The transfer of personal data is of key importance to many businesses. It is an area that is affected by Brexit and companies must consider how to deal with the changes brought upon by the British departure. This note discusses the implications of Brexit for the transfer of personal data and offers guidance to companies and other parties.
The United Kingdom withdrew from the European Union on 31 January 2020. The Withdrawal Agreement regulates the terms of the British departure between the parties and entered into force immediately upon exit. The Withdrawal Agreement also includes a Transition Period, during which EU law will continue to apply to and within the UK. The jurisdiction of the Commission and the EU courts also remains intact. The Transition Period is currently set to expire on 31 December 2020 (the Expiry Date). This period can be extended with 1 or 2 years, but such an extension must be agreed between the EU and the UK before 1 July 2020.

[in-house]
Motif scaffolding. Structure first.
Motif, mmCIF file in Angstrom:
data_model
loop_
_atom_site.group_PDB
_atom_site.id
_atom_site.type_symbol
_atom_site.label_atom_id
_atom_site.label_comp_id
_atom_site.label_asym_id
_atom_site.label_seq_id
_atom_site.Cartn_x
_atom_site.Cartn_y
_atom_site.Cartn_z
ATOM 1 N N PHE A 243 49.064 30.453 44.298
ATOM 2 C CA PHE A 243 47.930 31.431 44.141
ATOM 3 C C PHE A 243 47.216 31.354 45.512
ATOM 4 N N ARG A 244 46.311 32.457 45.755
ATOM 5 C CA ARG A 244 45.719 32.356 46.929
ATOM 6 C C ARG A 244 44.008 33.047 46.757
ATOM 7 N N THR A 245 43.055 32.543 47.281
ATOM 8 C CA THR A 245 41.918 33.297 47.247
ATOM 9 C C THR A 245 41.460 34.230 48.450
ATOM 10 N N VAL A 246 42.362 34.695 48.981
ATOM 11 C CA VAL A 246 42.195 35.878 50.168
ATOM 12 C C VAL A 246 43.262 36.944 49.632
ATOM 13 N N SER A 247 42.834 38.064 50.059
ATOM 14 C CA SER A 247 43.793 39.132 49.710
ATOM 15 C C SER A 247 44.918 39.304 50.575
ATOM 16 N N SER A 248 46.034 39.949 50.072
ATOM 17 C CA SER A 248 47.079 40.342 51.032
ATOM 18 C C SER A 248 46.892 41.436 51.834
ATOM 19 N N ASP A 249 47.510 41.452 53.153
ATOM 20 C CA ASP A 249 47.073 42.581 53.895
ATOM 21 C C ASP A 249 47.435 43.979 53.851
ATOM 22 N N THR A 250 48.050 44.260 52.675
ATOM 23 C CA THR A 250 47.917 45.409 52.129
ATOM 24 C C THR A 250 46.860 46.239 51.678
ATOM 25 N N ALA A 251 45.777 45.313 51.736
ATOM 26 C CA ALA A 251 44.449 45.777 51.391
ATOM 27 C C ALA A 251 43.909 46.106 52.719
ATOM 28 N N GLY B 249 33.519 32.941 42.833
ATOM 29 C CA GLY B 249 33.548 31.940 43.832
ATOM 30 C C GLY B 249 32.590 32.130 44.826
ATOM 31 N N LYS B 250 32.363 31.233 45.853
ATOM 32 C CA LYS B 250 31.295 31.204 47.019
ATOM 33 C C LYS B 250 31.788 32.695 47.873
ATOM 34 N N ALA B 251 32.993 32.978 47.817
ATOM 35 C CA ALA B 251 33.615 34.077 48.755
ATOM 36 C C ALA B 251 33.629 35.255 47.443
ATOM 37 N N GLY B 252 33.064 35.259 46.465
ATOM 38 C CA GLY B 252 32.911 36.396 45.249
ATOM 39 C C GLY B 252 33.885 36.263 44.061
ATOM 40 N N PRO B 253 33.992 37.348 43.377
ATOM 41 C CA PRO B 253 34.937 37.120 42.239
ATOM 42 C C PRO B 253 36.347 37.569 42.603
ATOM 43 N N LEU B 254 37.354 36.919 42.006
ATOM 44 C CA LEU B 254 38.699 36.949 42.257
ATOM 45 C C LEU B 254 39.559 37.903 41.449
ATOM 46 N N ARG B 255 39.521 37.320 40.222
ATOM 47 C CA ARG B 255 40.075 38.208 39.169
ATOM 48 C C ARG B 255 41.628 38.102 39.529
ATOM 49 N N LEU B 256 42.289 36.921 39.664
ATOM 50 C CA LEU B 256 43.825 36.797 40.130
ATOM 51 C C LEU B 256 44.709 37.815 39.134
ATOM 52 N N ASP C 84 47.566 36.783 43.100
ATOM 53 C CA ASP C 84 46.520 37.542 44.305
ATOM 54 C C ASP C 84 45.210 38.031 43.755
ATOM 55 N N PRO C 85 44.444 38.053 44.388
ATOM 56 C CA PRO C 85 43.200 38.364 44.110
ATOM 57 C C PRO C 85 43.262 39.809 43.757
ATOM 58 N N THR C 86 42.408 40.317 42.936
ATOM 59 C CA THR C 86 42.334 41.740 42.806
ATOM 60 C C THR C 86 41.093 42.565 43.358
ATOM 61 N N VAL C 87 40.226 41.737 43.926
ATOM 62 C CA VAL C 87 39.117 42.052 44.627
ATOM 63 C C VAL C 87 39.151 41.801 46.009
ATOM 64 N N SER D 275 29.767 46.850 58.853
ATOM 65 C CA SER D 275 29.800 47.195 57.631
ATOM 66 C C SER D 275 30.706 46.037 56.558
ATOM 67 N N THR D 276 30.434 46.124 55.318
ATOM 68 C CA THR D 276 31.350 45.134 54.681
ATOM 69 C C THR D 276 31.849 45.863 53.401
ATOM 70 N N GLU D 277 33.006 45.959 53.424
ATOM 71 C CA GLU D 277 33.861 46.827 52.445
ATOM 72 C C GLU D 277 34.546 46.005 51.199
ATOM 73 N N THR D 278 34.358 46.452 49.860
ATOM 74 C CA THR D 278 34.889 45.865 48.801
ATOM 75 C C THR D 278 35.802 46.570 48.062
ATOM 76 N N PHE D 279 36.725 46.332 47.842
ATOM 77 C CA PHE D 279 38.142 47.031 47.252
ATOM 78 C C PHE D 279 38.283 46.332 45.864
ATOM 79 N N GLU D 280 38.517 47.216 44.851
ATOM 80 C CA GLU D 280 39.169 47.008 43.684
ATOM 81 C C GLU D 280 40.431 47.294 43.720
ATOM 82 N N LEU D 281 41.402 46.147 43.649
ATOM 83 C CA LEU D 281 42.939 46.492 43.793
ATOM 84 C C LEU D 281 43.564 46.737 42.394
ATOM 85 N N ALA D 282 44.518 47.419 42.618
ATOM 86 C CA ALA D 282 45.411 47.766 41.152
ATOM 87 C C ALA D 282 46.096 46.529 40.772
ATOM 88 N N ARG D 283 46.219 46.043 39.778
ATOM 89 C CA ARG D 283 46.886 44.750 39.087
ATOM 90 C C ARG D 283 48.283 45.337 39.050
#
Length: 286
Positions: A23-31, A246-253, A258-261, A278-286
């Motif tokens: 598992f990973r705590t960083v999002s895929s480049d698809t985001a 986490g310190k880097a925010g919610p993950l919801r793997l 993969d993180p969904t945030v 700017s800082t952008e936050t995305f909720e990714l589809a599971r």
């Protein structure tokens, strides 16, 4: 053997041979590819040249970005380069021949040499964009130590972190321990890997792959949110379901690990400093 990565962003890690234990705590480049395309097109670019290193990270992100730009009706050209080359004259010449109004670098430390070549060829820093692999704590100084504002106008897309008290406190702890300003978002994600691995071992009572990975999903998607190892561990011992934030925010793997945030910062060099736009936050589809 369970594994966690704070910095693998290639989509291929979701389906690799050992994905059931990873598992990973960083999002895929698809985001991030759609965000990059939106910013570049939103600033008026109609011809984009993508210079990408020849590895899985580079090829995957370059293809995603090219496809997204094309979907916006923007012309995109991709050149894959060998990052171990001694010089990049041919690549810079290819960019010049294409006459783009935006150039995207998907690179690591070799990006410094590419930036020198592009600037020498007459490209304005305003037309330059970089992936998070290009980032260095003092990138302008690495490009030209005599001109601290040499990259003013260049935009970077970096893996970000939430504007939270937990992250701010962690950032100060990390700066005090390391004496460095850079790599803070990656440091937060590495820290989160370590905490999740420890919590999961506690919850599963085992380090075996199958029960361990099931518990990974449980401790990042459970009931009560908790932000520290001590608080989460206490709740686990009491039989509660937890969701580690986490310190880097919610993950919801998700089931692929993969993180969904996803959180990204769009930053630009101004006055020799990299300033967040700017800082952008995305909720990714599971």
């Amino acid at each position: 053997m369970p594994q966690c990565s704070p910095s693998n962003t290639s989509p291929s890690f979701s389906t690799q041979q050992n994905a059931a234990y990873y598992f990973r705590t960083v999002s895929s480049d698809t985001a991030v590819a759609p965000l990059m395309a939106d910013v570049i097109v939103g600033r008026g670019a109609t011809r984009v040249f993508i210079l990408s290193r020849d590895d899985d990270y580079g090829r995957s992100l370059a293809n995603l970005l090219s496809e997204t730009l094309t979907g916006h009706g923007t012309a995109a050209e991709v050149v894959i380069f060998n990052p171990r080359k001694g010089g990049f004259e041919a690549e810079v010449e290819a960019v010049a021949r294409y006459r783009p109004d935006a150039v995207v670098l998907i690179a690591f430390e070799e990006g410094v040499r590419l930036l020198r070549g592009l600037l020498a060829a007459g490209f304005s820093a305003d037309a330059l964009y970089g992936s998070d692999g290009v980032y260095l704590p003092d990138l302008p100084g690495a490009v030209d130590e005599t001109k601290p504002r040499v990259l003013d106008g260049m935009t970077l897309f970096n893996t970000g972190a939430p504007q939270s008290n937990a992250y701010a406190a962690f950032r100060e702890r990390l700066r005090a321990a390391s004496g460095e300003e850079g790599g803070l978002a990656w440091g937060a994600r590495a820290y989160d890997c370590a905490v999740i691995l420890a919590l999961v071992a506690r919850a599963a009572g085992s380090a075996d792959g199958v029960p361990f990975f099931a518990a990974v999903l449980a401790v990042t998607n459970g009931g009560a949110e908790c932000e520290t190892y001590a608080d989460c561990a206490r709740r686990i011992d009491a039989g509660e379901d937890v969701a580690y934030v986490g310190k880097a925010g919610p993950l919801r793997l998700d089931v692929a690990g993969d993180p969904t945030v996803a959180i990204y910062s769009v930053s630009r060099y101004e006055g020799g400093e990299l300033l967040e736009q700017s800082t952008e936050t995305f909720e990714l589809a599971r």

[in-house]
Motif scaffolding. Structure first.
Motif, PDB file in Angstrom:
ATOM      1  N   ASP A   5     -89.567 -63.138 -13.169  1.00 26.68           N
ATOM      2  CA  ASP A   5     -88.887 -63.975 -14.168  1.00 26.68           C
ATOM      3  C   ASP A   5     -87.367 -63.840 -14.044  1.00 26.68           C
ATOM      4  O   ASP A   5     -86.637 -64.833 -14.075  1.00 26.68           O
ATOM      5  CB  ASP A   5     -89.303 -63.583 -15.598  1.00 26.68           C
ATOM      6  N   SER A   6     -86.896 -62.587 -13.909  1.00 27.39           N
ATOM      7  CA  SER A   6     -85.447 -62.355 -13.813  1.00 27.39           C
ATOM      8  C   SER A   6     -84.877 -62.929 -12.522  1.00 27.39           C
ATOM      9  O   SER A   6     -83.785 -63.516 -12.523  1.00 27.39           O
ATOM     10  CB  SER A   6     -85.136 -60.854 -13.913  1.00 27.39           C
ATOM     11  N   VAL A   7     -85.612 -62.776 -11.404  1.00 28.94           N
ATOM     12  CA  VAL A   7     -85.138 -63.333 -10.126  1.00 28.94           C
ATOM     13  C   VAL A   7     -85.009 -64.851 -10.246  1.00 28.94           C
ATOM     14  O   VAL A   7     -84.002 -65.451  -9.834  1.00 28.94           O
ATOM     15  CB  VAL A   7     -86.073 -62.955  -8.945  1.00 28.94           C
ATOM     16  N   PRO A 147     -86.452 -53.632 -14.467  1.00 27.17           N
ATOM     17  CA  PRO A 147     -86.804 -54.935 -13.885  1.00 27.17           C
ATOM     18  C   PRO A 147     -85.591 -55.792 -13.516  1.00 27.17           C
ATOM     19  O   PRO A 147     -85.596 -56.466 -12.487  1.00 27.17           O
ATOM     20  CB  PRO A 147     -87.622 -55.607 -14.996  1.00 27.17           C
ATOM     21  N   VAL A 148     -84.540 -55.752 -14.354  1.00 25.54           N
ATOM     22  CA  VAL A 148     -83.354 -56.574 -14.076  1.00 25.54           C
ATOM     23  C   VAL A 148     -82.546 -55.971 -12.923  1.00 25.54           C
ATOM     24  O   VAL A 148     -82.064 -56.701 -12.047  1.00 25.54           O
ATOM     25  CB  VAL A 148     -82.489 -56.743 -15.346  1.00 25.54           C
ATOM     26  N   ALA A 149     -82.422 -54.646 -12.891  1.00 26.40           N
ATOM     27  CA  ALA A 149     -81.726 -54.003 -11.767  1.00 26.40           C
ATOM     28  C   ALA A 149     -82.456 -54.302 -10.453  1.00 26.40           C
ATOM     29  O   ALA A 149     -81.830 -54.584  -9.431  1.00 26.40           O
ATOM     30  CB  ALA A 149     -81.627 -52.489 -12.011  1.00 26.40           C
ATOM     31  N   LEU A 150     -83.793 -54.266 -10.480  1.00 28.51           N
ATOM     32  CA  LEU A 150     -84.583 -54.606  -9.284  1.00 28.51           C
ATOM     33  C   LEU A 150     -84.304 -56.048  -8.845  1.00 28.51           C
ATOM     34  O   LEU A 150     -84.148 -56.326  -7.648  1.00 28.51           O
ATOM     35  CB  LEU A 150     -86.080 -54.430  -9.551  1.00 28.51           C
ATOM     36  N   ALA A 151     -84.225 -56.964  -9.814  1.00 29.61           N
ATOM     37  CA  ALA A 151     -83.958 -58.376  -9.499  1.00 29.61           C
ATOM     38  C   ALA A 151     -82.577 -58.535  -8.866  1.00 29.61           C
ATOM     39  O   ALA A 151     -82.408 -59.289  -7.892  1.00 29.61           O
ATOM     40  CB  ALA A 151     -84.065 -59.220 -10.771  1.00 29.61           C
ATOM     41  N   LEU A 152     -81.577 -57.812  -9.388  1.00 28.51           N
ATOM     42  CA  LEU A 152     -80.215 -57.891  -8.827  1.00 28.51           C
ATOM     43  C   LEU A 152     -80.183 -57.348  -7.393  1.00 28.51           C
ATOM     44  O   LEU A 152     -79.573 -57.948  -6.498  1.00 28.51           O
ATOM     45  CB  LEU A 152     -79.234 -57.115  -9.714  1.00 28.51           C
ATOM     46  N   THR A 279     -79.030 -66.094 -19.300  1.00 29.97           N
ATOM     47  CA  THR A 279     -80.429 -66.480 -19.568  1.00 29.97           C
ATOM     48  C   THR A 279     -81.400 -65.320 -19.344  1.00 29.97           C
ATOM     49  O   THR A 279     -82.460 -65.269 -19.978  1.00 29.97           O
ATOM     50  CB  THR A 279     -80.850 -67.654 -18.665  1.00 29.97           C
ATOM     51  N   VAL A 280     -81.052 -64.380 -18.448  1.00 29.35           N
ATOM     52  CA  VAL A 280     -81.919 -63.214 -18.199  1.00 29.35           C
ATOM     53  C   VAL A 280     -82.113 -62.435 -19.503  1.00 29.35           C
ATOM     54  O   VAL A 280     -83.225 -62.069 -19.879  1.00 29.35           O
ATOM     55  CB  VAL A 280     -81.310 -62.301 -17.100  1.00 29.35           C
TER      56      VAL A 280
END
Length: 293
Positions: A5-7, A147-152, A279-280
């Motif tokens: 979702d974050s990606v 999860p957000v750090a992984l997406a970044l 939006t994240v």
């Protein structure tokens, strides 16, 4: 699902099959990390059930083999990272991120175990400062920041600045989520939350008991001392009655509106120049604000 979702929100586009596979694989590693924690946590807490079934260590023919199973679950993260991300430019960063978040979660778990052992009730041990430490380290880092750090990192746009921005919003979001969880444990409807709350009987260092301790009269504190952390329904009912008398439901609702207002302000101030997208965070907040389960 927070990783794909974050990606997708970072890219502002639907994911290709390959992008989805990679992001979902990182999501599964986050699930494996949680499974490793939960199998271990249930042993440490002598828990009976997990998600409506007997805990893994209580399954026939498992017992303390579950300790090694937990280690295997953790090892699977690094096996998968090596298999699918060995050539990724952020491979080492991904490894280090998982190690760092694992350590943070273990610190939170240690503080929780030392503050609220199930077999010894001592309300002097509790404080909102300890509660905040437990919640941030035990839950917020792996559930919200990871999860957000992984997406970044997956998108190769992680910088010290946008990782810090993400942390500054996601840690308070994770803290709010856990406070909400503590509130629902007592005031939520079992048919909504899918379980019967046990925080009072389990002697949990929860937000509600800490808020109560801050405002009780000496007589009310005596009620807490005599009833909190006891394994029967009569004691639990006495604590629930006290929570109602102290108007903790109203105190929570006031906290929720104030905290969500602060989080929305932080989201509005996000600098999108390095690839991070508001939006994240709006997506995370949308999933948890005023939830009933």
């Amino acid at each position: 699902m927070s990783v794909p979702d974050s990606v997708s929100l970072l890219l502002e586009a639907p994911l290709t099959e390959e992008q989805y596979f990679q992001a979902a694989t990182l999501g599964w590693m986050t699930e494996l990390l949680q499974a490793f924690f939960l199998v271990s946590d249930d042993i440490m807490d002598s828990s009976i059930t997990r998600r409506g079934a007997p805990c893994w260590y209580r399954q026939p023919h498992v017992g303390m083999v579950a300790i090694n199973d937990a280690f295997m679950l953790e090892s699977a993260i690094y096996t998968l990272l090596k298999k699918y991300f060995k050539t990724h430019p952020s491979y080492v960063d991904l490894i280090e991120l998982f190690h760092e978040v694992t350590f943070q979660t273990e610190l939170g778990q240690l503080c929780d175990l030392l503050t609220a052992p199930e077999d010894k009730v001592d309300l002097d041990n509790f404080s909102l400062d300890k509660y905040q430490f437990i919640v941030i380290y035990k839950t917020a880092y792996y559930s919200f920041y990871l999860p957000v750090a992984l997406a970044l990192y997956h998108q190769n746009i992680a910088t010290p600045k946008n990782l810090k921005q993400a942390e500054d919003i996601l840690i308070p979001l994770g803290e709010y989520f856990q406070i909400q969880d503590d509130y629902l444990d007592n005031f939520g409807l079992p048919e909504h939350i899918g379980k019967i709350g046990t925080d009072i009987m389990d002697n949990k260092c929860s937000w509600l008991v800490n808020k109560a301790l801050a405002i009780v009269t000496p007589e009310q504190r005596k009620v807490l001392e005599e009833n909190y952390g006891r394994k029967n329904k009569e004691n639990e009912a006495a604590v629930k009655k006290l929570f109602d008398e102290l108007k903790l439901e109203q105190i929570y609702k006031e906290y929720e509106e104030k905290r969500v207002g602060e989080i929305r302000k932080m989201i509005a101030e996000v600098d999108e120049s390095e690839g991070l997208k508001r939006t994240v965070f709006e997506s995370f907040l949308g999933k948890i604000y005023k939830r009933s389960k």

The Withdrawal Agreement does not regulate the future relationship between the EU and the UK. This relationship is yet to be negotiated and decided between the parties. It is not certain that an agreement concerning future relations will be concluded before the expiry of the Transition Period. However, the EU and the UK have agreed on a Political Declaration that is meant to set the framework for the future relationship. This declaration is only a political document and not a legally binding agreement.
The transfer of personal data (personal data includes information relating to an identified or identifiable natural person) between EU Member States as well as between an EU Member State and a country outside the EU is governed by the General Data Protection Regulation (GDPR). The GDPR remains applicable to and within the UK during the Transition Period, ensuring the continued free flow of data between the EU and the UK until the Expiry Date.
Following the expiry of the Transition Period, the GDPR will generally no longer apply to transfers of data between the EU and the UK. However, according to the Withdrawal Agreement, EU law will continue to apply to data obtained by the UK from the EU if the data was processed under EU law in the UK before the end of the Transition Period, or is processed in the UK after the end of the Transition Period on the basis of the Withdrawal Agreement.